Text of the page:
NEW YORK — Two 10-year veteran employees of Krupp Werner & Pfleiderer Corp. have left the extruder maker to start a toll compounding operation — with W&P machines.
Arash Kiani and Fred Burbank are forming Compounding Engineering Solutions Inc. It will start by focusing on continuous rubber compounding, but soon plans to add a variety of plastics. CES will offer expertise in alloying and reactive compounding of resins, including polyolefins, urethanes, nylons and styrenes. Markets will include specialty film additives and highly filled compounds for appliance and automotive uses.
Kiani, CES president, and Burbank, its vice president, expect to begin production this summer at a 33,000-square-foot plant in Clifton, N.J. They plan to hire about 15 employees.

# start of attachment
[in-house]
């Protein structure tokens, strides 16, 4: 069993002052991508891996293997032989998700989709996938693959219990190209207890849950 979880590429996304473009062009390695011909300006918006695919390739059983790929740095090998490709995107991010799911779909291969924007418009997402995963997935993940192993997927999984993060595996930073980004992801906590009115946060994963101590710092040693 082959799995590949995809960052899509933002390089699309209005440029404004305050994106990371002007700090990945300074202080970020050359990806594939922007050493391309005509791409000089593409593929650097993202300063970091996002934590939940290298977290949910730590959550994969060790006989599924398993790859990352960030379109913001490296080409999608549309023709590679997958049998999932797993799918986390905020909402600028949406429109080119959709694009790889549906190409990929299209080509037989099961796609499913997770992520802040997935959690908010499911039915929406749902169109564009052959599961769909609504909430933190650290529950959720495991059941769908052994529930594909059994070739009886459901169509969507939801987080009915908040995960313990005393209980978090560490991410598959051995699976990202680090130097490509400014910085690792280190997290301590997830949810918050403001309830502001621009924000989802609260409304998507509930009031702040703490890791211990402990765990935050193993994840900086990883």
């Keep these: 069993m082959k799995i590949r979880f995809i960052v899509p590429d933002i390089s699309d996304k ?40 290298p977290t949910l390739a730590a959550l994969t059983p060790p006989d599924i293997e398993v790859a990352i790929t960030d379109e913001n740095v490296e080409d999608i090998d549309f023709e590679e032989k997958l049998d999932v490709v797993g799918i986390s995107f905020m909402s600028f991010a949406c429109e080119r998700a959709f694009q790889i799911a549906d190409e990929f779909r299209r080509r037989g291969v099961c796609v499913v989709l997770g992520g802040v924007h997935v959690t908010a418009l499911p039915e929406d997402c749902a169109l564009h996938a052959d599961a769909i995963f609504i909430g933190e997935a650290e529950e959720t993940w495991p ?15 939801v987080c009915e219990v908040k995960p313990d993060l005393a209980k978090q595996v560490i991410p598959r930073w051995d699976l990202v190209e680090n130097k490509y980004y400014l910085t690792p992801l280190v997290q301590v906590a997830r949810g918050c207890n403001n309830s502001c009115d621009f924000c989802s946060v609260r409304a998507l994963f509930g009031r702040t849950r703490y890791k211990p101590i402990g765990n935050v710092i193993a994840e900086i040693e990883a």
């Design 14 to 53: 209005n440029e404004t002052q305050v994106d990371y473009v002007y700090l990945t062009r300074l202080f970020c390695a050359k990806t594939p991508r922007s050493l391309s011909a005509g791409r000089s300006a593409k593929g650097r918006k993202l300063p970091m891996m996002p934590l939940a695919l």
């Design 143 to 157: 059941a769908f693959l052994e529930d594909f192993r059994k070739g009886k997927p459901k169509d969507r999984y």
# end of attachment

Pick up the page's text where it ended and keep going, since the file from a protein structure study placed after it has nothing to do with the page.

W&P of Ramsey, N.J., delivered a ZSK70 Megacompounder to CES on May 7. Screws on that high-output machine can run as fast as 900 revolutions per minute.
At a news conference announcing CES during Antec in New York, Asmut Kahns, W&P vice president of sales and marketing, said he believes this is the first Megacompounder going to a U.S. custom compounder. Until now, only resin firms have bought the machines, he said. A smaller ZSK40 extruder is coming in June.
Kiani was W&P's manager of technical compounding. Burbank was its consulting process engineer. The partners are promoting their processing expertise and problem-solving ability.
While at W&P, they developed a screw for rubber that minimizes heat buildup and uses a shorter extruder. The screw allows rubber to be compounded continuously, an improvement over traditional batch compounding, according to CES.
Burbank said the company is studying the design for processing thermoplastic elastomers.
W&P owns the technology. Kahns said there are no financial ties between W&P and CES.